Smithsonian museums continue to be closed to support the effort to contain the spread of COVID-19. Read a message from our director, and check our website and social media for updates.

Hairspring Compass with Lengthening Bar and Pen Point

Hairspring Compass with Lengthening Bar and Pen Point

Usage conditions apply
This metal compass has a cylindrical scrolled handle. The upper parts of the legs have decorative grooves on either side. A thumbscrew on one leg may be used to finely adjust the angle of the leg (hence, the name "hairspring"). The lower parts of the legs are hinged and are attached by screws so that the pencil point and needle point may be replaced by the pen point or lengthening bar contained with the instrument. Small thumbscrews on the needle, pencil, and pen points allow for fine adjustments.
The donor of this object, William J. Ellenberger (1908–2008), studied electrical and mechanical engineering at The George Washington University between 1925 and 1934. He then worked for the Potomac Electric Power Company and the National Bureau of Standards. During World War II, he served in the U.S. Army Signal Corps. He was a civilian construction management engineer for the army from 1954 to 1968, when he became a private consultant. He may have acquired this instrument during his studies or early career.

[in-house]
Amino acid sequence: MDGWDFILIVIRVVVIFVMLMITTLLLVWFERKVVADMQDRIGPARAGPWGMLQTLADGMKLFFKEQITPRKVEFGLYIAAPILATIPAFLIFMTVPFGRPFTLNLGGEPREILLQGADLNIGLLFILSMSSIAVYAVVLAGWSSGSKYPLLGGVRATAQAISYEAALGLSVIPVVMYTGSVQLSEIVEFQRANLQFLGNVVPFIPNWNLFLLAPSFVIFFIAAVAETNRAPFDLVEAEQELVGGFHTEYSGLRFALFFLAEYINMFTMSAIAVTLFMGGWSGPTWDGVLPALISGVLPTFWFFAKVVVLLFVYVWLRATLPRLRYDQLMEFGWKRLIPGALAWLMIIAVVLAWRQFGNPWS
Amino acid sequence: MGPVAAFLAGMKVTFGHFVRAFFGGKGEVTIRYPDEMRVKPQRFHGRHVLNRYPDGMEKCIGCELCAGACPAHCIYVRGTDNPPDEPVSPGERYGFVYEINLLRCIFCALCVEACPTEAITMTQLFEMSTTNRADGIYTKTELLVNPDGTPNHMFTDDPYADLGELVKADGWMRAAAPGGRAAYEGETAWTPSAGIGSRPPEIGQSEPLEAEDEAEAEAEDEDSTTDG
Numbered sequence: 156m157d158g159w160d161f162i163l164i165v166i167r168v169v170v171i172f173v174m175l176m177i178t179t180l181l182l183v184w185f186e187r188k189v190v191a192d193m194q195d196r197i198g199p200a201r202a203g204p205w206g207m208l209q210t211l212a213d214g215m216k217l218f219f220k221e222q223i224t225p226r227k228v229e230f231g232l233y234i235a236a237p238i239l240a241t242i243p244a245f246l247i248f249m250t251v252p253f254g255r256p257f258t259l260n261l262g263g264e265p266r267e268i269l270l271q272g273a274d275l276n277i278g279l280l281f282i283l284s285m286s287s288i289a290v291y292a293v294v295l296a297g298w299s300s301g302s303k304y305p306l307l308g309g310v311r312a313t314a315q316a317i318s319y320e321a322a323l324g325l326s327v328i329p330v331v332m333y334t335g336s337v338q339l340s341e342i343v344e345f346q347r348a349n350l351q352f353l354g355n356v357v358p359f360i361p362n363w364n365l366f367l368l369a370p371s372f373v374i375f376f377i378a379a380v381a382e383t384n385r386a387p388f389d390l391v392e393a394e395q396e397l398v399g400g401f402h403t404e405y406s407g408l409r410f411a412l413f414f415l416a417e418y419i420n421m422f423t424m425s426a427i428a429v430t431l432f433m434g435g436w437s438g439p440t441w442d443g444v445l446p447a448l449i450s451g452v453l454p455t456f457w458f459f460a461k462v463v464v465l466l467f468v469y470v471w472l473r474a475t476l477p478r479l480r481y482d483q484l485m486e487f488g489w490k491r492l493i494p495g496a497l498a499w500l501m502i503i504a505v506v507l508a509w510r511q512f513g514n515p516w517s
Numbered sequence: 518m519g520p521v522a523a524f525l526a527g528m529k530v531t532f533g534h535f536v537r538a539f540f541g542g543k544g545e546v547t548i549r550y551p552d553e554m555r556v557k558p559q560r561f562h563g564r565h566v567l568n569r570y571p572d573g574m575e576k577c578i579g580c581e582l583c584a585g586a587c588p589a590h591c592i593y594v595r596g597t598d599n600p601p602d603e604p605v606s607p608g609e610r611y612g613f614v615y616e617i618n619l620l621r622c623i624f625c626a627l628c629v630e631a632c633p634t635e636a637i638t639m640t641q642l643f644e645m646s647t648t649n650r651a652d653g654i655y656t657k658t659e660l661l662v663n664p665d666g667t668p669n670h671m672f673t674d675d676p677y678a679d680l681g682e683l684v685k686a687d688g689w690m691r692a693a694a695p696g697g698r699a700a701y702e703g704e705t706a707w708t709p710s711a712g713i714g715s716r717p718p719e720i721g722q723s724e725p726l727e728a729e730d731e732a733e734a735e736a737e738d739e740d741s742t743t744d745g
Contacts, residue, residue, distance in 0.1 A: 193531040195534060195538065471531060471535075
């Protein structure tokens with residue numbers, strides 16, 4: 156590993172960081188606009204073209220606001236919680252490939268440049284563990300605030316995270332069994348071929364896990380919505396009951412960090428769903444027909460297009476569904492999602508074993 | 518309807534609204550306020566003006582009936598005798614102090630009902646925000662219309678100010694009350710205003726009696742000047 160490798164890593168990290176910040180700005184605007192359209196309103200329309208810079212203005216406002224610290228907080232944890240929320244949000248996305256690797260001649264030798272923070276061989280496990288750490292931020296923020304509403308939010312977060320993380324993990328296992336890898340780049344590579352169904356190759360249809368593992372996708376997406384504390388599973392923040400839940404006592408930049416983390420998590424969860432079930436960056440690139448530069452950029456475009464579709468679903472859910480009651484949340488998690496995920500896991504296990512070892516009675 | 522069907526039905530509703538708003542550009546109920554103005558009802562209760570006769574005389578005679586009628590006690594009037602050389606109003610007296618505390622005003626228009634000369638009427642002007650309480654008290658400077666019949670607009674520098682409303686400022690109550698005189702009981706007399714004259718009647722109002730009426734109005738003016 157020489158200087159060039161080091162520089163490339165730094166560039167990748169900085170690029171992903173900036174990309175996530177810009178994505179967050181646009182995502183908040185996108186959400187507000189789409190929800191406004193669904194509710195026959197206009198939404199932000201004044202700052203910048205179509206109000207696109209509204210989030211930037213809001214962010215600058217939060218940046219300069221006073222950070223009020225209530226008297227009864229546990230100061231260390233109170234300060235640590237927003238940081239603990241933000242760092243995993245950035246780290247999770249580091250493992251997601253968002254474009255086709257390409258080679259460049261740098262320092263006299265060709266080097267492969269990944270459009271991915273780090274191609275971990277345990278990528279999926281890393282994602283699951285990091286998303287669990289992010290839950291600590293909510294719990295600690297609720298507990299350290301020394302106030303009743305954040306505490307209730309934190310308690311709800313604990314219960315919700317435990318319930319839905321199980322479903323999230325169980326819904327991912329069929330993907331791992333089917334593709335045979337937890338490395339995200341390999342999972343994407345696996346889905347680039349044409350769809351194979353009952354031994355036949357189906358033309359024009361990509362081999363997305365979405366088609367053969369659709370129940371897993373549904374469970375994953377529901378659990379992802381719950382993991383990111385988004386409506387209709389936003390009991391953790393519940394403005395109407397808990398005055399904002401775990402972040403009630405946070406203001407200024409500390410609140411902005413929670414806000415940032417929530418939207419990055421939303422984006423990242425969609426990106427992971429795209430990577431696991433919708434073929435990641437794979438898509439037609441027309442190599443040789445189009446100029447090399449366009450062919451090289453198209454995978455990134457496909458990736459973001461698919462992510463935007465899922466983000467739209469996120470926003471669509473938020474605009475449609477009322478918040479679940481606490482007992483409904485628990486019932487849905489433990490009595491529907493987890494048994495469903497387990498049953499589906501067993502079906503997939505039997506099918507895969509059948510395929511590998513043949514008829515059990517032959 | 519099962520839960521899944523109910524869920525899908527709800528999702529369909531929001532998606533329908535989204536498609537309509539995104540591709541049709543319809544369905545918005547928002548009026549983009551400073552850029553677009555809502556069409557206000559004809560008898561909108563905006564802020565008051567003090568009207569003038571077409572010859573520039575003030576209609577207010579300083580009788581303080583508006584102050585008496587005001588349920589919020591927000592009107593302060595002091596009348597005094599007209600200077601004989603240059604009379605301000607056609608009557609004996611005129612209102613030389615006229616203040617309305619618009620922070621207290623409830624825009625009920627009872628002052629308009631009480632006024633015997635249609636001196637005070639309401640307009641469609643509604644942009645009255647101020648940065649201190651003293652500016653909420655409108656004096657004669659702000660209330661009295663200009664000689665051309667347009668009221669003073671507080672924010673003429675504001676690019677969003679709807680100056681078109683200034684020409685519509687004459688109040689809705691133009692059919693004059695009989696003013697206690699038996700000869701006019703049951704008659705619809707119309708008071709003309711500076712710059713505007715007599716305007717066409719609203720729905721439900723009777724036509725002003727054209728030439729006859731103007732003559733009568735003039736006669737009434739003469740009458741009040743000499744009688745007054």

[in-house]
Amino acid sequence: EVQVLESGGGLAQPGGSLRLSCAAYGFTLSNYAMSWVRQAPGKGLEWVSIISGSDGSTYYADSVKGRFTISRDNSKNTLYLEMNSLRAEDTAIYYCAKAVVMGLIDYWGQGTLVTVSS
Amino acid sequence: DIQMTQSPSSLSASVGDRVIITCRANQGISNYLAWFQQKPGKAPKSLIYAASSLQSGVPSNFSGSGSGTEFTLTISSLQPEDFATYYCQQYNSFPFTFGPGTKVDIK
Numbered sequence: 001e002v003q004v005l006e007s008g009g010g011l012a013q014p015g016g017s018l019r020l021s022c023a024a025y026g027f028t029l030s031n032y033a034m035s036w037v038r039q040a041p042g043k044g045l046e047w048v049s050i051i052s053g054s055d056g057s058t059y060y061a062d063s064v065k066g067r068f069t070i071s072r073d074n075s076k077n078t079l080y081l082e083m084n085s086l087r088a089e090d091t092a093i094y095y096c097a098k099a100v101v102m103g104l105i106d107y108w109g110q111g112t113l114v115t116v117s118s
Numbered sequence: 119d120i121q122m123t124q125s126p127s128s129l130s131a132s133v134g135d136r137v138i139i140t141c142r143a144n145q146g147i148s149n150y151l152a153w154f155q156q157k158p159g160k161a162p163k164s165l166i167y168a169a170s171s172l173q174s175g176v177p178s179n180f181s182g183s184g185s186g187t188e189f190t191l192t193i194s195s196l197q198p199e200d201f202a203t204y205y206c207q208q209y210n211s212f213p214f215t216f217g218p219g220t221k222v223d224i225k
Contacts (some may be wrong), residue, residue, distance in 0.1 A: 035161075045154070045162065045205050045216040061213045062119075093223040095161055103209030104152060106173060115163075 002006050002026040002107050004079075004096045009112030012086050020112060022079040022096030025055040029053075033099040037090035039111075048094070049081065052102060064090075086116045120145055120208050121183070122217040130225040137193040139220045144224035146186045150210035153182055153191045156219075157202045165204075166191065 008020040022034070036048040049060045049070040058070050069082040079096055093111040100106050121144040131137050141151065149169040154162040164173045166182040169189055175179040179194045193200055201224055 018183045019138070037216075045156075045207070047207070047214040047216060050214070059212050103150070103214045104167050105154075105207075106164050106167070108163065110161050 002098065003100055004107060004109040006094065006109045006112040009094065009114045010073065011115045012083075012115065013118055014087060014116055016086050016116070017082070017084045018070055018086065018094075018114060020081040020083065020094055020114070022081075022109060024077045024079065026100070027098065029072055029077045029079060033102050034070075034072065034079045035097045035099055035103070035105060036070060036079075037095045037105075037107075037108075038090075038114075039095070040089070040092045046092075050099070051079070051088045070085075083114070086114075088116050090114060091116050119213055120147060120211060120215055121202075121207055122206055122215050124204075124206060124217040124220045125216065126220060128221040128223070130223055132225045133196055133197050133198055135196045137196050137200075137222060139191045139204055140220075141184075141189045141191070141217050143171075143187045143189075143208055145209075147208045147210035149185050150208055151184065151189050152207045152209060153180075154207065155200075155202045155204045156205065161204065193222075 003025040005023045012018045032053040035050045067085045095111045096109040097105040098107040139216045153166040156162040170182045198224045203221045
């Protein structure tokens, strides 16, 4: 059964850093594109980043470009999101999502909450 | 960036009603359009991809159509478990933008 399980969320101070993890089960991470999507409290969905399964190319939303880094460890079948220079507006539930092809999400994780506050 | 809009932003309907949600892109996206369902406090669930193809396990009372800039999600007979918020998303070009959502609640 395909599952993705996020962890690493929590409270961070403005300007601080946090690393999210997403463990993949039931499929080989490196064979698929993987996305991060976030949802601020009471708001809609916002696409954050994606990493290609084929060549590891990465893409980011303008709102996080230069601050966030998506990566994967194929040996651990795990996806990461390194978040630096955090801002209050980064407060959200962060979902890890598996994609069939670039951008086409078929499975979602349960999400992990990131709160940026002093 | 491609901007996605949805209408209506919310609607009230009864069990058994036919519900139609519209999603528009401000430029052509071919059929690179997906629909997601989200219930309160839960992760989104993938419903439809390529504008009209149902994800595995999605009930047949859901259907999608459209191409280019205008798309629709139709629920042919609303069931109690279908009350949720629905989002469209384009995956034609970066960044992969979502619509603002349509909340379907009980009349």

Currently not on view
Object Name
compass, drawing
date made
early 20th century
Physical Description
metal (overall material)
steel (overall material)
overall: 1.5 cm x 16 cm x 2.5 cm; 19/32 in x 6 5/16 in x 31/32 in
ID Number
accession number
catalog number
Credit Line
Gift of William J. Ellenberger
Drawing Instruments
See more items in
Medicine and Science: Mathematics
Science & Mathematics
Dividers and Compasses
Data Source
National Museum of American History
Nominate this object for photography.   

Our collection database is a work in progress. We may update this record based on further research and review. Learn more about our approach to sharing our collection online.

If you would like to know how you can use content on this page, see the Smithsonian's Terms of Use. If you need to request an image for publication or other use, please visit Rights and Reproductions.


Add a comment about this object